The Truth About Healthy Granola Bars
Long a staple in the hiker’s backpack and busy moms’ purses, the granola bar is a familiar part of our fast-paced lives. The need for convenience makes the pre-portioned, portable, and tasty granola bar a go-to snack.
Food that is convenient is always going to have an edge, and granola bars certainly have convenience on their side. New varieties of flavors and ingredients are contributing to a wider appeal. The addition of gluten-free and vegan options in many manufacturers’ lines are also increasing the number of options available for consumers to choose from. From kids at school to busy parents to on-the-go executives, granola bars are now a part of a regular diet for many people.
Whenever a trend starts, there are those that look to capitalize on it, even if their product doesn’t really fit the bill. This is certainly the case with granola bars. In an effort to appeal to the widest customer base, and keep costs low, some companies have released products that are packaged and branded to look like they fit the healthy snack niche. A look at the nutritional information or the ingredient list tells a different story. Some bars, including some very popular offerings, are barely better than a candy bar from a nutritional perspective.
Are all Granola Bars Healthy?
Because of their healthy reputation and high content of natural whole foods and healthy ingredients like oats, nuts, and fruit, it can be easy to think granola bars are always a healthy option. In many cases, this is true. As a nutritionally dense food that is typically low in carbs, and high in healthy fats and proteins, some bars are a great choice for a healthy snack. Bars from companies like rxbar, Larabar, Annie, and others are moving into the market alongside more established names such as Clif and Kind bars with a commitment to healthy ingredients.
Generally speaking, the simpler and more natural your food is, the healthier it is likely to be. Raw ingredients with minimal processing are going to carry the best nutritional content through to a healthy end product. For consumers this means selecting a bar that has a short ingredient list filled with items you can easily recognize and pronounce. As many people become more conscious of what they eat, they are discovering that not all bars are created equal.
Many granola bars on the market do contain healthy ingredients, but some popular options contain almost as much sugar as some candy bars. When you are evaluating how healthy a bar is, looking carefully at the nutritional information is very important. Considerations such as what type of protein is included or the amount of carbohydrates and fiber a bar contains are all things to consider when evaluating the health value of a granola bar.
Pay Attention to Sugar
Many of us have a sweet tooth, and a little extra sweetness can make a bar, or any other snack, a treat you look forward to. The American diet in particular is very high in sugar, and consumers have gotten used to high-sugar foods. Producers of many bars have taken to adding sugars or sugar substitutes to help make their products enticing.
Adding sweeteners can make producing a healthy bar challenging, as adding sugar or artificial sweeteners means products are less beneficial than some people might think. Some companies try to get around the high sugar numbers by using sugar substitutes in their products. This is not really a solution, as some people experience negative side effects from consuming artificial sweeteners.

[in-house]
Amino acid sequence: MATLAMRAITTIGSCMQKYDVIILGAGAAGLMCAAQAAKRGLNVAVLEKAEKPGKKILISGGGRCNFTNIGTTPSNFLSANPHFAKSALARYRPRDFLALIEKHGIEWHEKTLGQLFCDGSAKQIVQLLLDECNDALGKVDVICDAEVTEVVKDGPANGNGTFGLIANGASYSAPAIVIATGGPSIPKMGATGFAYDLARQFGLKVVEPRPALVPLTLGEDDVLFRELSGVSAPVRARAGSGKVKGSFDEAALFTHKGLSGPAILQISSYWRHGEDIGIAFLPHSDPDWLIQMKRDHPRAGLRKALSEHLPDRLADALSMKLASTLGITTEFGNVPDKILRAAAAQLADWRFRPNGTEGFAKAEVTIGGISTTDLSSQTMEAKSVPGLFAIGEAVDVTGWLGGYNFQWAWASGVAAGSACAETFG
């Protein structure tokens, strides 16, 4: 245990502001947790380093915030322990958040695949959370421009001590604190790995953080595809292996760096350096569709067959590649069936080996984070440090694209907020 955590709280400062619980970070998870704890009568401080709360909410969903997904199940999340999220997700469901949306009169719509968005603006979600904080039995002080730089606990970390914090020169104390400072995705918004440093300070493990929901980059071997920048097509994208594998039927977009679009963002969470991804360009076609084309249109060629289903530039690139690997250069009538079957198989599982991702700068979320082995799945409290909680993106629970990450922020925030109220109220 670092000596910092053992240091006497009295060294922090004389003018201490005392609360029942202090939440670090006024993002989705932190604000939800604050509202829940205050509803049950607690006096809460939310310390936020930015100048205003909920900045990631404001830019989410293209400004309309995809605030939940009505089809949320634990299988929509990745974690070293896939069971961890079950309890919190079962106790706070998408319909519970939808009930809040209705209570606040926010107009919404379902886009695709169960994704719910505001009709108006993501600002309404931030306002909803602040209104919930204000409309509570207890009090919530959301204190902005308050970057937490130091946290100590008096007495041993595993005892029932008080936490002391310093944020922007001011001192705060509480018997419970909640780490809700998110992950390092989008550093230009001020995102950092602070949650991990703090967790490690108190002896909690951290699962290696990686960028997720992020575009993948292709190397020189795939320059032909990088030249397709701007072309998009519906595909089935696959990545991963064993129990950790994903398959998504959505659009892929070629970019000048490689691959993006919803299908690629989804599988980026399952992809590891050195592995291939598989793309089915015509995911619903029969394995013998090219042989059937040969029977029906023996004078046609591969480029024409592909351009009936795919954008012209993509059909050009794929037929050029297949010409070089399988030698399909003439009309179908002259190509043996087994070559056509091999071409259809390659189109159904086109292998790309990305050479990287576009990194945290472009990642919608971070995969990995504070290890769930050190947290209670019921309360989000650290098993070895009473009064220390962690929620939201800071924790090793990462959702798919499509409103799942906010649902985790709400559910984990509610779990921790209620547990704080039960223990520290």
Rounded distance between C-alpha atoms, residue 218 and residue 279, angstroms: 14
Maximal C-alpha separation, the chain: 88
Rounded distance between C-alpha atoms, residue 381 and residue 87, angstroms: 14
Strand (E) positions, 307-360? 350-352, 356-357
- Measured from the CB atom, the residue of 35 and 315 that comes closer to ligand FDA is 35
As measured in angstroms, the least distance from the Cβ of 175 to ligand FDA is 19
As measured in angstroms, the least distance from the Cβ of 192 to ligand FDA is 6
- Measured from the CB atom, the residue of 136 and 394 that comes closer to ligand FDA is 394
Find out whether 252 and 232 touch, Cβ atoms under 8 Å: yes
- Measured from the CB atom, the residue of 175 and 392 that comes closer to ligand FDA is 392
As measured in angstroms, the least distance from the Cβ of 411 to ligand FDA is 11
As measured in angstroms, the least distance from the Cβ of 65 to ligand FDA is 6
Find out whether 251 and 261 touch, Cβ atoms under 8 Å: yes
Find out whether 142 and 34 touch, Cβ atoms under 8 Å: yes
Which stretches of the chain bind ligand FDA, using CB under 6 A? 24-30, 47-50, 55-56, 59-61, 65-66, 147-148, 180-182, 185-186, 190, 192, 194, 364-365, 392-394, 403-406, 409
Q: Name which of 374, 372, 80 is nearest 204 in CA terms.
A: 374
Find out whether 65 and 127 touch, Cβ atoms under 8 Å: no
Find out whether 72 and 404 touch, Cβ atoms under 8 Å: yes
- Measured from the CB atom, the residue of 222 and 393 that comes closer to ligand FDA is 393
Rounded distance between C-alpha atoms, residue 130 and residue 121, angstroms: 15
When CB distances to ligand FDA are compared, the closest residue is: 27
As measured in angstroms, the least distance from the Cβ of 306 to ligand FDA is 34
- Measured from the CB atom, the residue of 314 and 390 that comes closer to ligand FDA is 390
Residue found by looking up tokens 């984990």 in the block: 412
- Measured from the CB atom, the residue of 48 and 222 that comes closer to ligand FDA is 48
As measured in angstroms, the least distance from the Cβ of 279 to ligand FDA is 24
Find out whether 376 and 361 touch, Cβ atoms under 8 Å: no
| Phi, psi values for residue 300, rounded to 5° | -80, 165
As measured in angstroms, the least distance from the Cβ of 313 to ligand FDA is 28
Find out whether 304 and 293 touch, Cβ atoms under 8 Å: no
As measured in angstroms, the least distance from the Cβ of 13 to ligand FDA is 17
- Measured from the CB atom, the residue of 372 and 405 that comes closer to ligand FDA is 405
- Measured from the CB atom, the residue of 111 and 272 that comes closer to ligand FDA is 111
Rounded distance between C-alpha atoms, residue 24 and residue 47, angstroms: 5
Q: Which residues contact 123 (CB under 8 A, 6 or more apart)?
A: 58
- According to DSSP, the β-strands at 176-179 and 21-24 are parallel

Products that include aspartame, saccharin, and sucralose may have been cleared by the Food and Drug Administration (FDA), but consuming them can still cause issues for some people. Individuals with issues managing blood sugar can sometimes have troubles with these ingredients. It is also possible for there to be negative impacts on your healthy gut bacteria from ingesting artificial sweeteners.
Even when natural or less processed forms of sugar are used, there can still be negative effects. Increasingly, research is showing that a high-sugar diet is closely linked with a wide range of conditions from diabetes to heart disease. Even cholesterol, once thought to be the enemy for the way it builds up inside blood vessels, is now understood to be a reaction to inflammation brought on by a variety of factors, including a diet high in sugar.
Currently the FDA does not break out the amount of sugar from additives and from healthy ingredients like fruit. Beginning in 2020 manufacturers are going to be required to split out added sugar in their labeling, which will help consumers understand what they are eating. This is also going to increase the importance of ensuring manufacturers are using quality ingredients in their products.
Fat is Not Your Enemy
Once feared by many, fat is no longer the source of concern many doctors and dietitians once thought it was. This does not mean, however, that you should just throw caution to the wind. The type of fat and where it comes from can have a significant effect on how healthy it is for you.
Unsaturated fats that are found in nuts, seeds, and other foods often provide healthy sources of fats in granola bars. Nut butters can also be a source of healthy fats, though these vary depending on the kind of nuts used. Peanut butter is the most common nut butter people are aware of by a large margin, but because of the increasing prevalence of dangerous peanut allergies, other nut butters are becoming more commonplace.
When evaluating a granola bar, the main thing to look out for is a surprisingly high amount of saturated fat. As opposed to the beneficial fats in nuts and seeds, there can be other ingredients that raise the level of saturated fats. Some bars, including supposedly healthy options, can contain as much as 15% of your daily value of saturated fats.
Knowing the specific amounts of fat, sugar, or fiber you want in your diet is one thing, but for some of us it is about keeping an eye on the raw calorie count. A strong benefit of the granola bar, especially for people who are attempting to lose weight or lower their body fat, is the easy portion control provided by individually wrapped bars.